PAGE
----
I try not to use free software if I can help it. Paying for software says, ‘I like what you’re doing. I would like to support you. Please keep making things’. There’s a small set of applications that I use daily and an even smaller set that I simply could not do without. One of those applications is Pinboard. Just go spend the $10.21 for an account. You’ll thank me later. Pinboard is made by Maciej Cegłowski. I like Maciej (pronounced Mahtch-ay) even more since I saw him speak at XOXO recently. He posted a text version of his talk, which is worth reading.
My good friend Greg emailed me over the weekend about my Pinboard workflow, particularly how I use it in combination with Instapaper and Evernote. It seemed like something a few other people might benefit from, so I figured I would write something up. This assumes you have an account and some familiarity with each app. The other app that you’ll need is IFTTT.
After years of using Pinboard, I got completely schooled by Shawn Blanc, who turned me on to Joel Carranza’s “Particular Pinboard, which I now use instead of the standard bookmarklet across all of my browsers. I bookmark a lot stuff, and it’s often stuff I don’t care about right this minute, but might care about later. Since I want to be able to find things, I tag absolutely everything. Pinboard has a setting allowing you to auto-imports articles added to Instapaper, which is fine if that’s all you want to do. The biggest drawback of this is that those articles won’t be tagged, which maybe you don’t care about, but you should.
I use Instapaper as I imagine most people do – reading things later, the vast majority of which are articles. I don’t really read or watch the news, though I do listen to it on NPR. I don’t know if you’ve heard, but news is bad for you. I use the bookmarklet Instapaper provides across all browsers. Instapaper has the ability to save favorited posts to Pinboard and Evernote, which I have turned on. You should auth Pinboard with Instapaper as well, which allows you to easily save articles from the Instapaper app (or web interface) to Pinboard with tags. It might seem redundant, but if I like something, it will already be saved in Pinboard, only without tags. If I manually share the liked articles to Pinboard via the iOS app, then I can add tags. Remember, tags allow you to easily find stuff later.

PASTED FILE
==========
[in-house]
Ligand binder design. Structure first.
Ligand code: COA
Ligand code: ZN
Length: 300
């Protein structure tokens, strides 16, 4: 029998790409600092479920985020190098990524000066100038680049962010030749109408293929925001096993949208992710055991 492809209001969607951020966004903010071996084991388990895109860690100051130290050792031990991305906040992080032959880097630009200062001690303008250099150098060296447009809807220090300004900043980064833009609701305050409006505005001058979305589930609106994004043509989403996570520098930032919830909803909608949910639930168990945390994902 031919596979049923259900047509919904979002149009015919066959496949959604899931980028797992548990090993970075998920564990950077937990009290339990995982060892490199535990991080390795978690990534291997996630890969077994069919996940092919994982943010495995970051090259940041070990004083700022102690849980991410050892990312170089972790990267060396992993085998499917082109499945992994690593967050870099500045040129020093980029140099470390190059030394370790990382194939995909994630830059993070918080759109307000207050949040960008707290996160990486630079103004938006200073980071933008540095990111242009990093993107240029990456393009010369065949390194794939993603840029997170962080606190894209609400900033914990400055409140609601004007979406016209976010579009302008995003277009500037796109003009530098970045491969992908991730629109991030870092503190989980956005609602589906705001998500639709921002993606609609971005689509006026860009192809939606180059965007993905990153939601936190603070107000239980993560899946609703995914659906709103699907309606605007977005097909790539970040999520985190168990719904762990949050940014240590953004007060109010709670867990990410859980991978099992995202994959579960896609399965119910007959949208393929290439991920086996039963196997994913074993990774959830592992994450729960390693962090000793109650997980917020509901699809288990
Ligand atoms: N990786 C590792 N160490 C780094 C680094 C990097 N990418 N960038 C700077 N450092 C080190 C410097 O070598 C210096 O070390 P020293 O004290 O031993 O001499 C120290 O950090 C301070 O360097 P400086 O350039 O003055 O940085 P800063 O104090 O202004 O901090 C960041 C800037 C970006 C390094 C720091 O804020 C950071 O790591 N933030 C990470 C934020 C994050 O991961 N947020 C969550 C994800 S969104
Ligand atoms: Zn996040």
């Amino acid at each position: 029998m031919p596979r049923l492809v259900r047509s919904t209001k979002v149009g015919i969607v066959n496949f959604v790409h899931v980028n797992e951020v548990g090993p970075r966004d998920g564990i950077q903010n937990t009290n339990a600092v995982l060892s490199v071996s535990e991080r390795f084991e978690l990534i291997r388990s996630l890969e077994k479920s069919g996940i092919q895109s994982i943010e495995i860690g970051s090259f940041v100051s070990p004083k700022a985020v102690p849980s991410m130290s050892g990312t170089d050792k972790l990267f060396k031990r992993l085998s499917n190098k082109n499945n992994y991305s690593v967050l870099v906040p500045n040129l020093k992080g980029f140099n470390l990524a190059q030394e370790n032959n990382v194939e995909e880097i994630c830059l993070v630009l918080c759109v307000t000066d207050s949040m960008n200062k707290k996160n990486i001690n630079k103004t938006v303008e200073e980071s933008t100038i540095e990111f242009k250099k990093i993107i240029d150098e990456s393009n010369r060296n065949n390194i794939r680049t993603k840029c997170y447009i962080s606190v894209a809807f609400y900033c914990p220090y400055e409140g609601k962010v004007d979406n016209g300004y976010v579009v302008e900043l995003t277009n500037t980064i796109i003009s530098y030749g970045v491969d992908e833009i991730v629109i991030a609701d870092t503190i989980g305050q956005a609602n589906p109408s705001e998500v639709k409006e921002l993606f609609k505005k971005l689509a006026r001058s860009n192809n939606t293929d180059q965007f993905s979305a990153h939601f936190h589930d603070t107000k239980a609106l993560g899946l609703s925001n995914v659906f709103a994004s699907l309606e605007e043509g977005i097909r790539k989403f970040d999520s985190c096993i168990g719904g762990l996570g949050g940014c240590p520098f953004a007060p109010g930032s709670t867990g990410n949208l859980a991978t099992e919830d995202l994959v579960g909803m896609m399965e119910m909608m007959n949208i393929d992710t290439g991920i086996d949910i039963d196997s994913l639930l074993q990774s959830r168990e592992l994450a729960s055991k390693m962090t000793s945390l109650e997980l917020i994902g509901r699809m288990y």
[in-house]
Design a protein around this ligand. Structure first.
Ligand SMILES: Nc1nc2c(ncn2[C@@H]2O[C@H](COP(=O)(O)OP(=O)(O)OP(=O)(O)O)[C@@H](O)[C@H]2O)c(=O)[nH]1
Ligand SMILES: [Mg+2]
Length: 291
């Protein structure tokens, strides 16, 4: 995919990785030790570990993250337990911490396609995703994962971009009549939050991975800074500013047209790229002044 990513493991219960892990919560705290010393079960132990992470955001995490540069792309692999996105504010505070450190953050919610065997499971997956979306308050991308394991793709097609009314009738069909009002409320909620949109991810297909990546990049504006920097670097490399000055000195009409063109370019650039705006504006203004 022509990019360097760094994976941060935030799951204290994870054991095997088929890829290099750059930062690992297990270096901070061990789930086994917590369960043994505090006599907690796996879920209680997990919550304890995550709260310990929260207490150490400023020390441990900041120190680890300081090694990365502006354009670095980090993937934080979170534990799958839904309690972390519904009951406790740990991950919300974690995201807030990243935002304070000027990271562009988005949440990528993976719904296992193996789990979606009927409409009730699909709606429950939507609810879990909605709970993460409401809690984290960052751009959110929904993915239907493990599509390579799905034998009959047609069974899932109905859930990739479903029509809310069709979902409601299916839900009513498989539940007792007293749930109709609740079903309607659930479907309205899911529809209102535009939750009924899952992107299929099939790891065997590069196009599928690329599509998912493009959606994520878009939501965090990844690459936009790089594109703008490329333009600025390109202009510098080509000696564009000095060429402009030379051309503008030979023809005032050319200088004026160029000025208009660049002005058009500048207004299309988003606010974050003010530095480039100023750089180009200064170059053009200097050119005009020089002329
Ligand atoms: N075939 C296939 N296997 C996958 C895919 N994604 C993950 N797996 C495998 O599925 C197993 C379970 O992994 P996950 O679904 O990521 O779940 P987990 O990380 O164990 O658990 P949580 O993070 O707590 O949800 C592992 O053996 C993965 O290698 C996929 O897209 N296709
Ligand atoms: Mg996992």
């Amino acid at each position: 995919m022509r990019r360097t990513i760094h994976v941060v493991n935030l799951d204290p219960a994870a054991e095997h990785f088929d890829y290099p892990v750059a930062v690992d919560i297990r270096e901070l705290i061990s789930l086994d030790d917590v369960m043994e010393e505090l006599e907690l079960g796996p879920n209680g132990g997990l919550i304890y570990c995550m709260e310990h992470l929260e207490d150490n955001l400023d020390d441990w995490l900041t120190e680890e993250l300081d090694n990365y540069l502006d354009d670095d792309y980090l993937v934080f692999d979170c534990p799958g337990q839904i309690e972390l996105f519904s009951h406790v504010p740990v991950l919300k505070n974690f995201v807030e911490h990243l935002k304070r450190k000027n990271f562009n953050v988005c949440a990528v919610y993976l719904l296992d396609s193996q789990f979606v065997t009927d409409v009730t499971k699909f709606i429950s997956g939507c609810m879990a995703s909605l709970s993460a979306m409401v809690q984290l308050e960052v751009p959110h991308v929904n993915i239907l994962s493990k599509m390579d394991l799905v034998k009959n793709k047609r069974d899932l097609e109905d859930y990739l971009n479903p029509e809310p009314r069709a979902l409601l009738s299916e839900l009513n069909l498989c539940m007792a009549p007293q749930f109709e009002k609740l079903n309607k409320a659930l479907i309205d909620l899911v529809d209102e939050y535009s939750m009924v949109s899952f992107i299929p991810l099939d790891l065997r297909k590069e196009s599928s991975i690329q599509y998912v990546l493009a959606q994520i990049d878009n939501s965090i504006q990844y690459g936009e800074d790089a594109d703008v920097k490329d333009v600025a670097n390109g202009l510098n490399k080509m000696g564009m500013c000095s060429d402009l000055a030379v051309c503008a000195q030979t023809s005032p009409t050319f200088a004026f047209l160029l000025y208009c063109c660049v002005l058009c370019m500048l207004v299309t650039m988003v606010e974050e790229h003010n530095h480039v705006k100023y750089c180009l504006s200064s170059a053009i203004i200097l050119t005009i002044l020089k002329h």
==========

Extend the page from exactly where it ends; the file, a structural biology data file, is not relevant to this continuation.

You’ve got Pinboard and Instapaper playing nice, which is easy and awesome, but why stop there? To make it awesomer, I add Evernote to the mix. Lots of people use Evernote for notes. I have tried, but I just hate it. I find its interface to be bloated and distracting and it doesn’t support Markdown, which is how I write when I take notes. I basically use Evernote as a corpus for digital stuff in my life. The biggest reason is search and OCR for PDFs. I happily pay for Evernote Premium. Every single thing I post online is saved in Evernote with the help of IFTTT. As a result, I have the piece of mind that no matter what happens to Tumblr, Foursqaure, Twitter, etc. everything is easily read by the NSA and backed up on my hard drive and on Evernote’s servers in the Internet heavens.
The final ingredient in my workflow is IFTTT, which stands for If This Then That and it’s easily one of my very favorite things on the Internet. I wish they would take my money so I didn’t have to lose sleep thinking about when they’re going to go away. If you’re not familiar with IFTTT, the basic premise is you can connect all kinds of unrelated and seemingly incompatible services and devices to do things for you, which they call recipes. The recipes that I use to have everything flow into Evernote are:
Instapaper Liked -> Evernote – I bookmark a lot of garbage and it’s not all stuff I care about finding later. This recipe simply saves only the articles I like in Instapaper.
Save Pinboard Links to Evernote – Does what it says and lets you have everything go to a notebook of your choosing.
I highly recommend poking around IFTTT recipes for other things that help make your life easier. What’s so wonderful about it is that you set it and forget it. As much as I love to tinker, I also like it when things just work and IFTTT is a highly functional secret weapon.